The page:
All of that is not to say that self-preservation is bad. The instinct to survive is what makes us human. Fear is human. It is merely an observation that we share a common ground.

In a climate saturated with the threat of nuclear war and simmering racial tension, it’s only natural to feel like our existential terror is somehow unique. But millions of people have experienced or are currently experiencing the heaviness of wartime. Millions of people have experienced plagues, famine, natural disaster, genocide, and the collapse of civilization. Millions of people have held their lover and wondered what kind of earth their children were destined to inherit. We have been fearing the end since the beginning. It’s part of the package deal when you occupy this planet.

I used to get very upset by the idea that there is no life after death. I don’t know what I believe anymore, but I think it’s highly likely you simply cease to have consciousness. I believe our energy leaves an imprint on a place. I also believe in the fabric of the Universe – a divine thread connecting all living things – but beyond that, I cannot say for certain.  The only reason the uncertainty bothers me now is because I can’t bear the idea of not seeing my wife. I guess if we don’t have consciousness, we don’t know the difference.

These are heavy thoughts. Perhaps you’re thinking: “What’s the point?” And here’s where the cynics and I diverge. The point is that you are conscious in this moment. The point is that you have the ability to love and to be filled with wonder. Our purpose, in my view, is to love and wonder.

Early in my college career, I spent about five minutes as a philosophy major. Looking back on my notes, I found a page that declared “the meaning of life is awe”. If you can maintain your sense of awe, you have unlocked the secret of living. It’s hard to say how that bit of insight came to me, but I have subscribed to the ideology ever since.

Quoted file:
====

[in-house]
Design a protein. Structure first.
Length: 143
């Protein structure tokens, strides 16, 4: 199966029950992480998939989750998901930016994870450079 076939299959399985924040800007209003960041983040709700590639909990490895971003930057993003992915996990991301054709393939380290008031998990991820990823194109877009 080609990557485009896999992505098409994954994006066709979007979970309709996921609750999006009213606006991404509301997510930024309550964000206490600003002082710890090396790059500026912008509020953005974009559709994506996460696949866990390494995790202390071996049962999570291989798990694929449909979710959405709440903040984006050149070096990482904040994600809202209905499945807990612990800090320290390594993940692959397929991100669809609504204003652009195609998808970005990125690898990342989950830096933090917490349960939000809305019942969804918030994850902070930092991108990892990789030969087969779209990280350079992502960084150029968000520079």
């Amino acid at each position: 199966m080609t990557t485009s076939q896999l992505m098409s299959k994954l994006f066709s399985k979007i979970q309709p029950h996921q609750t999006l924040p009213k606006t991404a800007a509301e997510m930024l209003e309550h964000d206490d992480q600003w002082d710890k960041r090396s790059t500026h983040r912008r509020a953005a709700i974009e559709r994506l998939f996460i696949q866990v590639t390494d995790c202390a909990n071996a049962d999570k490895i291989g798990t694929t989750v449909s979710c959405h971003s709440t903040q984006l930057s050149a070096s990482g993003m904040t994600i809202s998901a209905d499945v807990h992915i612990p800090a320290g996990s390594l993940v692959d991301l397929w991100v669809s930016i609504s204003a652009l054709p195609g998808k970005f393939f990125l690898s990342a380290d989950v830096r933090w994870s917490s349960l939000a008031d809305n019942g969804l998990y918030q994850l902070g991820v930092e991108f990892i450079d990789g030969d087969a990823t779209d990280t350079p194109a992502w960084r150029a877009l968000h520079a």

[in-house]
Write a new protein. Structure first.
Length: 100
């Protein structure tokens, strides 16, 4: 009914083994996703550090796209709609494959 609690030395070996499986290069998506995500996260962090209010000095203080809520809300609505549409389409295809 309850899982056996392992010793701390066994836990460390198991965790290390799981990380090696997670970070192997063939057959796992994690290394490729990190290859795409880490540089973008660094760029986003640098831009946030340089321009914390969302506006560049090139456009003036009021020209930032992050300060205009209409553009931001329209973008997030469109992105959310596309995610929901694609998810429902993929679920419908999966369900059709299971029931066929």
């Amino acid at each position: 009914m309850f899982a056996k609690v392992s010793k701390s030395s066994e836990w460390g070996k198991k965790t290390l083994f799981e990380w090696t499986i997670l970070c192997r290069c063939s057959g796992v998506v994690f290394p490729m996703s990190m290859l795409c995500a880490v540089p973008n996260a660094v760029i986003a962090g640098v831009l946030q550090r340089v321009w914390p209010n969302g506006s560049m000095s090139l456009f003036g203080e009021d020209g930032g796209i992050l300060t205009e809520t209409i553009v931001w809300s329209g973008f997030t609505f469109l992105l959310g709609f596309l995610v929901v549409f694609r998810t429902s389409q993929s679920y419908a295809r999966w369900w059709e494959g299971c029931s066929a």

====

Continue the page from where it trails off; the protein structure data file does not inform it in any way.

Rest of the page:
Addiction numbs our consciousness. Our drugs of choice block us from feeling love and wonder. We die prematurely.

There’s a reason Buddhists strive to be “awake”. There’s a reason yoga and meditation advocate for the present moment. The “now” is all we have. It is the only time in which we are able to love and be loved. It is the only time we have to consider the profound and miraculous beauty of our delicate existence. The precariousness of our position is what makes it breathtaking.

I don’t think anything needs to “come next” for this flawed and absurd life to be more than enough. We don’t need to do anything for life to have meaning…we need to simply be. I have often sat by the ocean and reflected sadly on the idea that the dead no longer have the capability to inhale the intoxicating air. It is a gift to experience the wonders of this wild earth. I think the real question is whether we receive it or we reject it.

The activity of appreciating the morning light is not just for poets and painters – it’s for humans. If all I do with the rest of my days is exuberantly behold the sunset and love as much as I can, I have achieved the “it” for which mankind toils. If all I do is celebrate wildflowers, a good meal, clinging rain drops, a shy smile, cool summer grass, and all the other remarkable minutiae…it is enough.

I am sober. I am awake. My being vibrates in the truth of the moment.

The cards are stacked and it’s hard to say how the deck will scatter. I don’t know if anything I do will ultimately make a difference. But I know that my being has purpose. I want my voice to be a whisper in the din: “Wake up”. Don’t die without living. Don’t live without meaning.